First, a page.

4 May 2021
EUR 104.6 million
“Working towards a sustainable future inspires us to be both visionary and pragmatic. Your eyes need to be on the end-state of the sustainability transformation, yet the reality of everyday life makes it necessary to work on step-by-step improvements. The Chinese saying ‘A journey of a thousand miles begins with a single step’ describes this well”, says Luca De Lorenzo, NIB’s new Head of Sustainability and Mandate.
Prior to coming to NIB, Luca De Lorenzo headed the climate, energy and society unit at the Stockholm Environment Institute (SEI), researching how to transform energy politics, economics and business into sustainable models. During this three-year stint, De Lorenzo co-founded the Stockholm Sustainable Finance Centre, dedicated to accelerating the shift in capital investments to deliver the UN Sustainable Development Goals and climate targets.
Mr De Lorenzo has a background as an engineer in the corporate energy sector and in management consulting.
What made you interested in NIB?
“Financial institutions have a critical role to play in the sustainability shift we face as societies. I share NIB’s vision of a prosperous and sustainable future. Hopefully, I can contribute to NIB’s ambition of making the sustainable transformation succeed”, Mr De Lorenzo says. “That is why I am here.”
“A lot of changes and developments are of course driven by innovation and technology improvements. However, the allocation of capital to such investments is a big part of the sustainability shift. For the green transformation to succeed, financial institutions need to introduce new ways of allocating capital across our economies. Are we seeing all the reallocation of capital that we need to see and at the pace needed? No, we are not.”
Since the start of September 2018, Mr De Lorenzo has been heading NIB’s Sustainability and Mandate unit, which consists of five environmental analysts and three economists. They assess all loan projects for their potential contribution to NIB’s mandate of increasing productivity gains and environmental benefits through its lending. The unit also follows up on the actual impact after a project is completed.
What new initiatives are your team currently working on?
“First, we are going to step up the way we handle non-financial information within the Bank. This means that we will use a methodology to assess the environmental, societal and governance aspects of our investments to understand our clients, on both the lending and treasury sides of our operations. This will also give us a good framework for stakeholder dialogue.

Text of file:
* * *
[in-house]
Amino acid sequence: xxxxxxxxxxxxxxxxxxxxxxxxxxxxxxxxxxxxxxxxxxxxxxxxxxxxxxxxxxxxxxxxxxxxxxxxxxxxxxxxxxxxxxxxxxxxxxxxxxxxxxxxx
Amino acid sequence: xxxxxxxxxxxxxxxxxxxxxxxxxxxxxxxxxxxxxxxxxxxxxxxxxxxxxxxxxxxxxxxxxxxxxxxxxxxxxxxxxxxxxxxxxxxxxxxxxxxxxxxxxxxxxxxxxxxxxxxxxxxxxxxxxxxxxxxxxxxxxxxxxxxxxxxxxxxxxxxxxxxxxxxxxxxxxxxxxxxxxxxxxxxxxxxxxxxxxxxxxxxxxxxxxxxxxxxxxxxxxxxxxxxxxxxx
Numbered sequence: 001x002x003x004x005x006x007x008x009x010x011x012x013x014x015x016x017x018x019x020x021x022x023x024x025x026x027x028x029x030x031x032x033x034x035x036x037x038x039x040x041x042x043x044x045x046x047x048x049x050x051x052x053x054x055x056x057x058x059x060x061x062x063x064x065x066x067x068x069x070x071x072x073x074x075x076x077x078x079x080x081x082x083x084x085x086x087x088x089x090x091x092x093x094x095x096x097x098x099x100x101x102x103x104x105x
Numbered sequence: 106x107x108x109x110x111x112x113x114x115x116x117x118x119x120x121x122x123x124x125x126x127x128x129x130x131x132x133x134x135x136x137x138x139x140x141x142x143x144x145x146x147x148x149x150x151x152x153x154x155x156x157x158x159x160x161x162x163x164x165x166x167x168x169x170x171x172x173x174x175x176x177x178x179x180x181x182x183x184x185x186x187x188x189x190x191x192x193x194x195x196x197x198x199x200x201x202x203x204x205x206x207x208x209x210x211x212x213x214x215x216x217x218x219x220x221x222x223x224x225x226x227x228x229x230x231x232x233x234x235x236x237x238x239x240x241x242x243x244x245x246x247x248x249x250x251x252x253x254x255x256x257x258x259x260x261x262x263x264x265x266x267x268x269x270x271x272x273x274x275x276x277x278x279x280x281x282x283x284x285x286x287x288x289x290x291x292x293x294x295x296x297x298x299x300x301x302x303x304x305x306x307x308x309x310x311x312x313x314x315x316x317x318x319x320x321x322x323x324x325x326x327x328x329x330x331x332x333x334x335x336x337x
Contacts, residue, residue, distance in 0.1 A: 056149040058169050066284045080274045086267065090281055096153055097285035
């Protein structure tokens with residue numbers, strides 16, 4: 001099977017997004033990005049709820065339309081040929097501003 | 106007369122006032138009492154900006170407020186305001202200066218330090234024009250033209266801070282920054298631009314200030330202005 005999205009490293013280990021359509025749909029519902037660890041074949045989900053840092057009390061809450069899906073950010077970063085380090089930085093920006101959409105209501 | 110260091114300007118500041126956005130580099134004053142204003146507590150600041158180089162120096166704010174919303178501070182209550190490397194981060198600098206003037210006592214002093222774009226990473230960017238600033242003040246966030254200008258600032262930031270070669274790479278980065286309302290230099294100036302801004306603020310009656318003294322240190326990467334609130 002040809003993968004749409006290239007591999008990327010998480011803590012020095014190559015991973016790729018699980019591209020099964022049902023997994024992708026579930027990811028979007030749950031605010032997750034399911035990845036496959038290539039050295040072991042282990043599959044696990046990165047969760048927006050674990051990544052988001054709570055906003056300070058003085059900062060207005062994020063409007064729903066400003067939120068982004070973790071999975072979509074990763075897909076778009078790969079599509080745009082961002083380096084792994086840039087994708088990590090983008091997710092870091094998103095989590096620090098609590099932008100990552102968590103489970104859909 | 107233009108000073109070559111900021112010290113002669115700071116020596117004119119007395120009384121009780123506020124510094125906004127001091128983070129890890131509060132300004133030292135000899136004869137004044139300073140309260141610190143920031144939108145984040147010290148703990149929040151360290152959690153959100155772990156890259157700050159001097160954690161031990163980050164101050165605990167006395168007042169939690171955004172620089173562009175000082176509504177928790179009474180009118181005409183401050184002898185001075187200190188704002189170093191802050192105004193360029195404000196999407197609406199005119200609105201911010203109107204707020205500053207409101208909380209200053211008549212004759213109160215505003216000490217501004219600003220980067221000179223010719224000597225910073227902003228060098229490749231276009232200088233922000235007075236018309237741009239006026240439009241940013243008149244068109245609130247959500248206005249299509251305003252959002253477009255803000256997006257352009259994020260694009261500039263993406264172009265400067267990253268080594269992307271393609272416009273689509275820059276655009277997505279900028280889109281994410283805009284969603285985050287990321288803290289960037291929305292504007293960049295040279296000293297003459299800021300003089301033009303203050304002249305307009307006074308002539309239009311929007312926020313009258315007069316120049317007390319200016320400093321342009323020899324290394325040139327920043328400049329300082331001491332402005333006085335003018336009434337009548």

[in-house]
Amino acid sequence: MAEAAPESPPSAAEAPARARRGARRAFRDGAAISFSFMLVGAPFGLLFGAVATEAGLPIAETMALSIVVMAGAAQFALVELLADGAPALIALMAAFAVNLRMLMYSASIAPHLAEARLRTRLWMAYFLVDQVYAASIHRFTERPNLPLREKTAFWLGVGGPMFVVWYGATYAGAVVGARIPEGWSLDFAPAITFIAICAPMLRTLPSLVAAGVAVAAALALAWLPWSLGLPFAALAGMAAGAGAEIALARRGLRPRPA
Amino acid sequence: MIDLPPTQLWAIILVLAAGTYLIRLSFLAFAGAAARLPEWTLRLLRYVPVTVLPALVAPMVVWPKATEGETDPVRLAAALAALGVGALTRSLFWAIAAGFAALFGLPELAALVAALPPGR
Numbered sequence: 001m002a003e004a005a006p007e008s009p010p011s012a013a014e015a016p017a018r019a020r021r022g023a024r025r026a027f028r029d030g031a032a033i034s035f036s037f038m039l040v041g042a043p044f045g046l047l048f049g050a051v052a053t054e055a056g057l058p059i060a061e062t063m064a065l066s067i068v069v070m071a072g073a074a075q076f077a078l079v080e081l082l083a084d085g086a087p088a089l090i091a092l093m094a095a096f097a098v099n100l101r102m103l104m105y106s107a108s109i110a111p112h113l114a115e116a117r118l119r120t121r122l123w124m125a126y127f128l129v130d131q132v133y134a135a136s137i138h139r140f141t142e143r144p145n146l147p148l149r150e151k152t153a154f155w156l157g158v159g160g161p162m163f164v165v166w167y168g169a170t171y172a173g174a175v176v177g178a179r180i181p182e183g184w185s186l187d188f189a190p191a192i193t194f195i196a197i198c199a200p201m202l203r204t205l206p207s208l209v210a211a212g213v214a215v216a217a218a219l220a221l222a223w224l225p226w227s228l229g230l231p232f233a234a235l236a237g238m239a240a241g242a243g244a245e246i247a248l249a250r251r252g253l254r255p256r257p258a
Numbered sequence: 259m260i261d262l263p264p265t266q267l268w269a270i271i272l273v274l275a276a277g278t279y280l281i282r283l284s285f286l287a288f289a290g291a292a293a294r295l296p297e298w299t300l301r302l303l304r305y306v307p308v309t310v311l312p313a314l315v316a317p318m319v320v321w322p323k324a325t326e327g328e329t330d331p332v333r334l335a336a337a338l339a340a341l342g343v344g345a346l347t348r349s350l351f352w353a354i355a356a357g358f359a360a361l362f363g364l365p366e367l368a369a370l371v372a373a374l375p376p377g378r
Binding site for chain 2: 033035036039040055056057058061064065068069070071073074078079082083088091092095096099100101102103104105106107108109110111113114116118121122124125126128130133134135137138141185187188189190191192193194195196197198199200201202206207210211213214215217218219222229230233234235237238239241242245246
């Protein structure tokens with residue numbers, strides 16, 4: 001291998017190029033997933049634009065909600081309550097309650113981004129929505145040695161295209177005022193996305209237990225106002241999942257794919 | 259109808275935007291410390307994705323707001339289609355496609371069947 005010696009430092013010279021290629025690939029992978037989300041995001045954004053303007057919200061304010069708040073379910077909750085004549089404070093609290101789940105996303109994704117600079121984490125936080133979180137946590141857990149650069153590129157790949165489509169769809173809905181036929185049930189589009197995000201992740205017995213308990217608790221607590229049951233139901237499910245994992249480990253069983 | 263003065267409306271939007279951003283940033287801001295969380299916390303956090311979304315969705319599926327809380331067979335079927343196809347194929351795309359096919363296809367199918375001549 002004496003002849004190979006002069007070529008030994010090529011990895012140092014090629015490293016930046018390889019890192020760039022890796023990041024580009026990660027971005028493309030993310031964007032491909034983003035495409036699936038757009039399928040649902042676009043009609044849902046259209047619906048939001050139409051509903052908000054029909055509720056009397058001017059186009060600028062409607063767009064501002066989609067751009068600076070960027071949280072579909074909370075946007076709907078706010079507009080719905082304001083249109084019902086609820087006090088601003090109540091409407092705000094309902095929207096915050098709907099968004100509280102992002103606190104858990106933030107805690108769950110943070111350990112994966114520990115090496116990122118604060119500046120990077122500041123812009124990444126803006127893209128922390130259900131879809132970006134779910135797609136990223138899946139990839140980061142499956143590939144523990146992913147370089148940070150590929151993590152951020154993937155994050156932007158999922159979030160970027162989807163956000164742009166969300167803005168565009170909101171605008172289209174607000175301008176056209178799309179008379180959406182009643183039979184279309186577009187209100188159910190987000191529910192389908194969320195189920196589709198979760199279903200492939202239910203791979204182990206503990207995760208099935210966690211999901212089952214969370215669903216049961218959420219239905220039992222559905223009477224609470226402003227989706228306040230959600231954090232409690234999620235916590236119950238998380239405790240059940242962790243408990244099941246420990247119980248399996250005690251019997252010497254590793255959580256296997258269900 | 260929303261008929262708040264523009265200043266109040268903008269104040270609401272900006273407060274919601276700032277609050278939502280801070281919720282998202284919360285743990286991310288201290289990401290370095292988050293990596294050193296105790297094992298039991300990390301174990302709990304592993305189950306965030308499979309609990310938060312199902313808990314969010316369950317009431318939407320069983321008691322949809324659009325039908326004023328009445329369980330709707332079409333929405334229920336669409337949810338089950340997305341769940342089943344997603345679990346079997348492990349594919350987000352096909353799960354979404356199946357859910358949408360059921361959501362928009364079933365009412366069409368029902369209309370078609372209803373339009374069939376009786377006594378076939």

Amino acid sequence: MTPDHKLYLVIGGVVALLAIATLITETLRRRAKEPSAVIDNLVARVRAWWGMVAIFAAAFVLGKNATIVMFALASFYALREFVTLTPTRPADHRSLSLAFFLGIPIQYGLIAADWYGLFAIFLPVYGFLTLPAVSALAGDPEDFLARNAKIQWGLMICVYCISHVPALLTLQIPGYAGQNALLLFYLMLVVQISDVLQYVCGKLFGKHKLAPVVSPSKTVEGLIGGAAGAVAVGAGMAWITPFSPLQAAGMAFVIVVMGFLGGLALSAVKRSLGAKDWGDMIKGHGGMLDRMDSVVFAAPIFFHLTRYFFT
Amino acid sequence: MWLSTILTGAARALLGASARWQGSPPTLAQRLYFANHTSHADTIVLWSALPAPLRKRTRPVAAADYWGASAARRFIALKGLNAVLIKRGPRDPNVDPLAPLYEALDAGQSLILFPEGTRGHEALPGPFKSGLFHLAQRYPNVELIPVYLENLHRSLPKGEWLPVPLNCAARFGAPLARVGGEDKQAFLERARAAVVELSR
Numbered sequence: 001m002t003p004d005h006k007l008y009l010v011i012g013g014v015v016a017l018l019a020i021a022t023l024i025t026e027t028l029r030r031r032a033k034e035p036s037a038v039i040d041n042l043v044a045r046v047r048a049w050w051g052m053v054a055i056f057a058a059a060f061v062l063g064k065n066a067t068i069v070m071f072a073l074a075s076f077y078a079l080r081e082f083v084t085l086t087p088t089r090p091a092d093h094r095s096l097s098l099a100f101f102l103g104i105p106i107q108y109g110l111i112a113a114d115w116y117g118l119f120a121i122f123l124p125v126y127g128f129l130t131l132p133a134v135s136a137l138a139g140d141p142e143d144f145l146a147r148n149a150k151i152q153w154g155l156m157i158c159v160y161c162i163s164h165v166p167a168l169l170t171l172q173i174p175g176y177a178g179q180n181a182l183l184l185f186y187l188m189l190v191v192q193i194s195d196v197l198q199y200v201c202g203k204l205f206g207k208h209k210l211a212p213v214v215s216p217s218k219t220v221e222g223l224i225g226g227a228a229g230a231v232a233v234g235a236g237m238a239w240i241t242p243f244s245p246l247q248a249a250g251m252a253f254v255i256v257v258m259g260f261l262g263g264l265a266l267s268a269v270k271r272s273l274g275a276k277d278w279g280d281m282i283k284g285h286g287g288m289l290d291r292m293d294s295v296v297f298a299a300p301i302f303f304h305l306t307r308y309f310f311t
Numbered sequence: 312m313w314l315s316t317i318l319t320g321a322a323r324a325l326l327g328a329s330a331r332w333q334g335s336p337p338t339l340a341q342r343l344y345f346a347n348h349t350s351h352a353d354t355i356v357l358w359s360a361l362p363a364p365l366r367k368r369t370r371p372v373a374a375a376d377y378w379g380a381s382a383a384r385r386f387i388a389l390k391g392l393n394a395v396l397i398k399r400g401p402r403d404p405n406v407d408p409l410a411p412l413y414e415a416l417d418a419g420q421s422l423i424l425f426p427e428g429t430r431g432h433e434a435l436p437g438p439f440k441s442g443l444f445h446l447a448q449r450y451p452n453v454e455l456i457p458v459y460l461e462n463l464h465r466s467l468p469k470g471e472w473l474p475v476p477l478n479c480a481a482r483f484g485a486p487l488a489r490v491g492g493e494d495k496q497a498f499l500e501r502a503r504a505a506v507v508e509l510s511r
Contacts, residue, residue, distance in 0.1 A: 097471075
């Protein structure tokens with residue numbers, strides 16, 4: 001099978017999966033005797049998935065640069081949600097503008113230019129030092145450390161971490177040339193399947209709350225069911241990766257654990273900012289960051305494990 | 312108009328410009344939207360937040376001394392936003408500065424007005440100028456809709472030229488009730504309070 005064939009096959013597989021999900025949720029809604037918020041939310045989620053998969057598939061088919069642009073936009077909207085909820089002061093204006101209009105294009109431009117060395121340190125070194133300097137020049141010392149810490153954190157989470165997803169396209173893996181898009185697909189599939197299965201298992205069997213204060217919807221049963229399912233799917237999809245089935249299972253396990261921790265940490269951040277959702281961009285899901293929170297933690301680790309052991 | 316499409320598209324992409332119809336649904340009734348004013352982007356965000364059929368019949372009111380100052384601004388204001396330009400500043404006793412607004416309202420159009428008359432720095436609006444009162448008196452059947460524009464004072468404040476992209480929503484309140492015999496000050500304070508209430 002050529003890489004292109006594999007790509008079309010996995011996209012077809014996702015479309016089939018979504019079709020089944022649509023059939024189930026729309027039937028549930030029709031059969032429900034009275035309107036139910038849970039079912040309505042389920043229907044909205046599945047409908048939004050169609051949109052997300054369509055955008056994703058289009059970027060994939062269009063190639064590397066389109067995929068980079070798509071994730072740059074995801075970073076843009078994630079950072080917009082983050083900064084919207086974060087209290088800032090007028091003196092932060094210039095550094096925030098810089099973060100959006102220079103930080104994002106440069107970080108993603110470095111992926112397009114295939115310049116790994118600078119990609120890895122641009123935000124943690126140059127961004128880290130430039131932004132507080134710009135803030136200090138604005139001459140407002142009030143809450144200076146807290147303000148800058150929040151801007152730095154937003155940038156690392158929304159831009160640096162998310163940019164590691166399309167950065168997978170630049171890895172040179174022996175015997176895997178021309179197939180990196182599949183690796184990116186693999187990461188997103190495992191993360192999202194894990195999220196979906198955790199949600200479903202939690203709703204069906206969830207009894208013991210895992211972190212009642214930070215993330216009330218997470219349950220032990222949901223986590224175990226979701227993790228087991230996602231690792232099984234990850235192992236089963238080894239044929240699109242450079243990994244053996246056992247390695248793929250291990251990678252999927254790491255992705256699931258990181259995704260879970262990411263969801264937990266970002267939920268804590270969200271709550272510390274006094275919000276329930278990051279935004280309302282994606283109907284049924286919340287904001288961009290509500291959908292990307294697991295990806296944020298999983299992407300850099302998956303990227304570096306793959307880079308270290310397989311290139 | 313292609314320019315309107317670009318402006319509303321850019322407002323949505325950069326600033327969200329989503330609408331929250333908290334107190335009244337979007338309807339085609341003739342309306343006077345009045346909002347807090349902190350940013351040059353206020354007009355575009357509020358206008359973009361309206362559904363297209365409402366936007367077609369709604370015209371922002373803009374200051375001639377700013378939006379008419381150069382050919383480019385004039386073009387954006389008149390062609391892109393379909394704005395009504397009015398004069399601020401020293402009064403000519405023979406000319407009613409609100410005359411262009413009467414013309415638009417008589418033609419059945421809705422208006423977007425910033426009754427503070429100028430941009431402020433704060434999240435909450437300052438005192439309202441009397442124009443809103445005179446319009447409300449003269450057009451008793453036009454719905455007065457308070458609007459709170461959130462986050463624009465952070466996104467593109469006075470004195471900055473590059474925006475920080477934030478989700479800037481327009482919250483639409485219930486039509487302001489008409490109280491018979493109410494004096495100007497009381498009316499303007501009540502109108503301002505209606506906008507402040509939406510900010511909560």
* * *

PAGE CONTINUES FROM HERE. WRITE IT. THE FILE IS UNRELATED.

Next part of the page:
“The second challenge is one which the entire financial industry is struggling with; trying to assess the actual impact of our investments. It is tricky, because you have to engage with clients in a new way and without any established practice. You need to go back to projects once they are materialised and continue the discussion. Another other element of the trickiness is the time mismatch, which can make it very difficult to associate the impact with the investment decision. However, I think none of these complications should stop us from trying to define a pragmatic framework for impact assessments. We cannot stop simply because it is challenging.”
How do you see NIB’s role in bringing about the sustainability shift?
“NIB is clearly part of defining the ecosystem for sustainable finance. I see NIB as having two distinct roles as an international financial institution. One is of course through its own operations, and via its mandate rating system, which drives NIB to invest in sustainably worthy projects. The other role is to lead and have a trusted voice in the dialogue. Here I think along the lines of NIB’s role in the EU High-Level Expert Group on Sustainable Finance and NIB being re-elected as a member of the Executive Committee of the Green Bond Principles. NIB can act as a change agent and have a constructive voice within the sustainable finance dialogue.
What drives you?
“Purpose. It is the ultimate purpose of what drives me. That is why I joined NIB. When I read NIB’s mission and the vision, it is right for me. I share the ambition. Then comes the question of how do we make it happen. That is where I hope to bring my skills, drive, energy and passion.”
What are your first impressions of Helsinki?
“I have to admit that, as a Southerner, moving from Stockholm to Helsinki is not that big a change. My first impression is that Helsinki is quite dynamic, nice and compact. The capitals of the Nordic countries generally appear agile and able to change fast. That is, by the way, a characteristic we all will need to learn in order for us to succeed in the long-term vision we have set ourselves.”